Implementation of the OWASP Mobile TOP 10 methodology for testing Android apps

Figure 5. AndroidManifest.xml file

Access to AndroidManifest.xml file provides the following information about the program:

minimum allowable Android version - uses-sdk min SdkVersion = " 23 " (Android 6.0). This information makes it possible to understand the necessary requirements for the device (or virtual machine) the program will be tested on; thus, we determine the vulnerabilities of the targeted operating systems with the help of open sources; the list of activities: WelcomeActivity (common), ContentActivity, FormActivity. This information gives the idea of the software application components which provide interaction between the user and a backend-program; service: PasswordGeneratorService. Availability of the service allows us to quickly find the class which interacts with external resources and databases. M2. Insecure Data Storage

Some part of the debugging information in the program can be displayed in the system logs (see Figures 6 and 7). In this case, an outside program which has the READ_LOGS permission (for example, logcat or pidcat), can get access to sensitive data, thereby breaching confidential information.

During testing, we used the pidcat program (see Figure 7). The vulnerability in the programming code was detected (see Figure 8) the developer left the Log.d() function which is used in source code debugging. [6 8]
Implementation of the OWASP Mobile TOP 10 methodology for testing Android apps

Figure 6. Encrypted password


Implementation of the OWASP Mobile TOP 10 methodology for testing Android apps

Figure 7. During the work of the program, the saved password is displayed in logs .


Implementation of the OWASP Mobile TOP 10 methodology for testing Android apps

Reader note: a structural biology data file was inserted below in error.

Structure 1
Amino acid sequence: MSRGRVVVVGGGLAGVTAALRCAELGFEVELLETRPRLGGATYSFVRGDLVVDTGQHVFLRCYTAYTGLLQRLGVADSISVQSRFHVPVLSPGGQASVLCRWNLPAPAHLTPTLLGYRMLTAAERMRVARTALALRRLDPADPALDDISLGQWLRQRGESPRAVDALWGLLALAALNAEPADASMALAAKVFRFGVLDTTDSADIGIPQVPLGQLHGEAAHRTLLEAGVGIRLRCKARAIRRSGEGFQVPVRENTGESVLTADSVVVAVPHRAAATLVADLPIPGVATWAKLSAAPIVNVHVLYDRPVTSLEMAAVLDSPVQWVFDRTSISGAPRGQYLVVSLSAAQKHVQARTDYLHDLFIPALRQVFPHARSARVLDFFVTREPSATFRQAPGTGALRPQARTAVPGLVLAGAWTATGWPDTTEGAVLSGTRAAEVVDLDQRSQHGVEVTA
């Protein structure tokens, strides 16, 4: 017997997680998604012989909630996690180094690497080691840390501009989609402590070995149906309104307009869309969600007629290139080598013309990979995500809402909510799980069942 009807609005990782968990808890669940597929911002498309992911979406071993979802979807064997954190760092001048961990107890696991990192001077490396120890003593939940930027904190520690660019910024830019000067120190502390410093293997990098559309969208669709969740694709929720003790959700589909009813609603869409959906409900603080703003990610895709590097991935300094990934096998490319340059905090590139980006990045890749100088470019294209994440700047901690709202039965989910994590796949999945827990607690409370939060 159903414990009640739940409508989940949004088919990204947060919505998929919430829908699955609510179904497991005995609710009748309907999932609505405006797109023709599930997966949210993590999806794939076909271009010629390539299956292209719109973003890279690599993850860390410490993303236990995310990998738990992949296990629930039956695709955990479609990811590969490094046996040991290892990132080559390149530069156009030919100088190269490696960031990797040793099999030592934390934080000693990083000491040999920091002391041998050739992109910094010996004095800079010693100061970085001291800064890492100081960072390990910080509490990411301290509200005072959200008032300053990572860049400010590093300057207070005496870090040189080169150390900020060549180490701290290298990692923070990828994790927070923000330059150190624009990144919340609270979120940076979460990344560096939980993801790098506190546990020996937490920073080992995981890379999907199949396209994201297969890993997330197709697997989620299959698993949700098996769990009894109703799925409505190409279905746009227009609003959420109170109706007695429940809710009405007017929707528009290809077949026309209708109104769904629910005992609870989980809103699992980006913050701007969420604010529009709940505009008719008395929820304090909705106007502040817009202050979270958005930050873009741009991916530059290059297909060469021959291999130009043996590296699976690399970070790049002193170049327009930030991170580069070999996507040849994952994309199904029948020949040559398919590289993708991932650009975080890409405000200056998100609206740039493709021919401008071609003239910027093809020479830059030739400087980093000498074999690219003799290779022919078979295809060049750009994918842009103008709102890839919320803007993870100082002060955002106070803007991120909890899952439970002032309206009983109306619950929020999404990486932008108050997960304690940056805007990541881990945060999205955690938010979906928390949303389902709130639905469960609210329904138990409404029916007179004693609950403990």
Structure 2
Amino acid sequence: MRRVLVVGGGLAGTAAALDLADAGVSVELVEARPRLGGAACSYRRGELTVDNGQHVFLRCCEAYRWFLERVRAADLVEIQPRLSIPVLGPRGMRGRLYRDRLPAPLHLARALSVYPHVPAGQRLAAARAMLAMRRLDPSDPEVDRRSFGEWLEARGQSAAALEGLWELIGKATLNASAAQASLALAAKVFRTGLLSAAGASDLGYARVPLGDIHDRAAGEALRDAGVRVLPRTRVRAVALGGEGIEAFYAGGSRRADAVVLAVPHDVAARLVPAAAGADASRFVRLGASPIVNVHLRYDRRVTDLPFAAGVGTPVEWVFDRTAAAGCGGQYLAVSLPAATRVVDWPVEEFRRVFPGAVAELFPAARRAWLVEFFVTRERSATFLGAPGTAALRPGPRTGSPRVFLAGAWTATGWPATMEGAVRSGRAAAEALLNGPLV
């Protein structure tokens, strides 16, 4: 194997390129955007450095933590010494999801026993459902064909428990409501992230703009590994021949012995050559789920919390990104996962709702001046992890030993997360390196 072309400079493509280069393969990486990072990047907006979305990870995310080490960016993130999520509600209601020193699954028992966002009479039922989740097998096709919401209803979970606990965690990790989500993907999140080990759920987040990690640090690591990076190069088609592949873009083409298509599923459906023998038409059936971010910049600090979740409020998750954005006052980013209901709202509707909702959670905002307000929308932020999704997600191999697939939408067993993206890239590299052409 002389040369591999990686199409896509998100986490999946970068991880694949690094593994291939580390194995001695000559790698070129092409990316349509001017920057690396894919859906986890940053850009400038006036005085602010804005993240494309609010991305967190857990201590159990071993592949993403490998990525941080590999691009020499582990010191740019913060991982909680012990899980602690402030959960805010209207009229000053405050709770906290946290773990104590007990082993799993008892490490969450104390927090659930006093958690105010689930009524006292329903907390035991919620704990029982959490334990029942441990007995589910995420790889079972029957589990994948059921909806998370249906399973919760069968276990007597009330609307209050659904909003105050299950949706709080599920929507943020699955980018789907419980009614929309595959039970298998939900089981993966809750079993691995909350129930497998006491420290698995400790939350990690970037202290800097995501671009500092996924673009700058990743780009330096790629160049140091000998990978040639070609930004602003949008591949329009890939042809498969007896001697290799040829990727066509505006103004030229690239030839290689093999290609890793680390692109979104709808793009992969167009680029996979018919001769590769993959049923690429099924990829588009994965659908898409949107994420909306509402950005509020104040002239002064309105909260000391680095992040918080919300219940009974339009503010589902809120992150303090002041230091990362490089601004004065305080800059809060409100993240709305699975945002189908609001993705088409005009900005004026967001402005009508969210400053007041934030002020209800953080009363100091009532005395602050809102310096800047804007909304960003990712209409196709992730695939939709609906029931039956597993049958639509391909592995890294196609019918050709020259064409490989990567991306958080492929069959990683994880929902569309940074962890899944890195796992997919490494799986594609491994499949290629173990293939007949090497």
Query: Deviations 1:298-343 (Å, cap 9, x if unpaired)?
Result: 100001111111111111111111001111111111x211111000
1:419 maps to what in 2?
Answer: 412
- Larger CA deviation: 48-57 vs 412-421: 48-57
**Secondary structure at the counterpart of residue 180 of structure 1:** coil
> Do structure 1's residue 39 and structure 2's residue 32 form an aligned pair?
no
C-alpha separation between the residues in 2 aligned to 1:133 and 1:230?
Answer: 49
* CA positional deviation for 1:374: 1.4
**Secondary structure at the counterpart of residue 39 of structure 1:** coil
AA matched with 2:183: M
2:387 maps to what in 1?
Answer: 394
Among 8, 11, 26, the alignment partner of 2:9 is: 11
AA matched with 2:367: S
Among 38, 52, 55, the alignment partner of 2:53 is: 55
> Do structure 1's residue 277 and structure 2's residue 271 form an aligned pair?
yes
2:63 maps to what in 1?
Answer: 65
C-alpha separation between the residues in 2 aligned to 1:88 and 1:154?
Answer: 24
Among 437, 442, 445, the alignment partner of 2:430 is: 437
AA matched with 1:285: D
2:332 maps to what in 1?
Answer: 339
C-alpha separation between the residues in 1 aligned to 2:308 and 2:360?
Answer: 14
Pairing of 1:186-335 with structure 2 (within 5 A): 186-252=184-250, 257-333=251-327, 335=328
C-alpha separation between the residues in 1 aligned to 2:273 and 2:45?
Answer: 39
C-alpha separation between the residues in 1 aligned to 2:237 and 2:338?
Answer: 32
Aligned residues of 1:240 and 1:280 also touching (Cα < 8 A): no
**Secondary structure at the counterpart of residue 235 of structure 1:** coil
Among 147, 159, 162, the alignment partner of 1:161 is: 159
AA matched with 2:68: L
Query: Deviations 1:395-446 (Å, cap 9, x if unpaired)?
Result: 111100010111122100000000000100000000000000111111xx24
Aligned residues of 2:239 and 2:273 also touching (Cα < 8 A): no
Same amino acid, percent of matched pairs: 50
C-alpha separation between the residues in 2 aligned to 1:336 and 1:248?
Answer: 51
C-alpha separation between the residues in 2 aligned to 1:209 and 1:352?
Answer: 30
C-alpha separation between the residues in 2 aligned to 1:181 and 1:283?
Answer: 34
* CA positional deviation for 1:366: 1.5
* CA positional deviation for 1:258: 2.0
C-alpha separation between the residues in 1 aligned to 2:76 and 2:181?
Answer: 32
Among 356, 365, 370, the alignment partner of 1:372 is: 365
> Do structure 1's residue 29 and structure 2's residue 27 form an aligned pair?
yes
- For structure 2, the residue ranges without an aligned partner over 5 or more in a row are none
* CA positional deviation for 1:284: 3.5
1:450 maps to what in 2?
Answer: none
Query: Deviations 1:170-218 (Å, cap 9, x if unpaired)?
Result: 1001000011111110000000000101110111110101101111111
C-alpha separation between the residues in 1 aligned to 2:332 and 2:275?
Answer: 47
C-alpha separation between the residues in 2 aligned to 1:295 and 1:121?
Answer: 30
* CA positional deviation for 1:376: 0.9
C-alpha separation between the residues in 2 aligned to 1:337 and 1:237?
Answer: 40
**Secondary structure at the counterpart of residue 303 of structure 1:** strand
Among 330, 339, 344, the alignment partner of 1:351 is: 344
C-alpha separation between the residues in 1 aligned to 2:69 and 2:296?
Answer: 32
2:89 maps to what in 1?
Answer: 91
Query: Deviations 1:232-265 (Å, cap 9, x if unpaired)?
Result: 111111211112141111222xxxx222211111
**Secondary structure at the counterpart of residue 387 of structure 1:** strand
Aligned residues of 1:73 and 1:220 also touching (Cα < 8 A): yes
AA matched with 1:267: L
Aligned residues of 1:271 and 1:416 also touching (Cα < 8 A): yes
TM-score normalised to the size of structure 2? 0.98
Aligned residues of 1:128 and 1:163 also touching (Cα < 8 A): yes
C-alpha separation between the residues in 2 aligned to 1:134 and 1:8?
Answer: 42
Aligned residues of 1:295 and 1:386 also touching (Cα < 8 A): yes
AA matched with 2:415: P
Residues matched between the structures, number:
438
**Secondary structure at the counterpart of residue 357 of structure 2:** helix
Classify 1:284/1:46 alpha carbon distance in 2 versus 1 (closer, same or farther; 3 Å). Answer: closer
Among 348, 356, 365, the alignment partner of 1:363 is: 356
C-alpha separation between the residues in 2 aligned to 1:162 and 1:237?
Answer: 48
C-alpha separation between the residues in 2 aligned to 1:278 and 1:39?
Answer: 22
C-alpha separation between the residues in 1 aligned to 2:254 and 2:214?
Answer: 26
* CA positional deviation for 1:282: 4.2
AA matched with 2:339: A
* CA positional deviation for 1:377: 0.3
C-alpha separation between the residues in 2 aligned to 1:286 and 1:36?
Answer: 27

Recommendations on closing vulnerabilities delete or comment out the source code line which displays the debugging information in logs.

During the program analysis by Dozer framework, exported components were found by ContentProvider (see Figure 9), which allows us to view URI programs and get the access to local database the program uses [9].

With the help of the app.provider.query module we received access to the local database of the software application.


Implementation of the OWASP Mobile TOP 10 methodology for testing Android apps

Figure 9. Exported URI-ContentProvider and examples of vulnerability implementation.

While analyzing source code, the insert to program local database was found (see Figure 10). The data obtained makes it possible to get unauthorized access to the system.


Implementation of the OWASP Mobile TOP 10 methodology for testing Android apps

Figure 10. Data storage in an open form in the source code.

Recommendations on fixing the discovered vulnerability:

to set the following flags in AndroidManifest.xml. file for this ContentProvider: android:exported = false and android: protectionLevel = “signature”; it’s necessary to permit ContentProvider access with a help of the following parameterized requests: query(), update() and delete(). M3. Insecure Communication

The minimum OS Android version which is identified by the program doesn’t allow for the use of Proxy. This peculiarity of the operating system provides the protection of traffic decryption with Proxy by switching the certificate.

However, an automatic switching from HTTPS to HTTP protocol is implemented in the program if the latter (HTTP) supports encrypting. This can lead to data transmission by an open channel.

M4. Insecure Authentication The source code doesn’t hav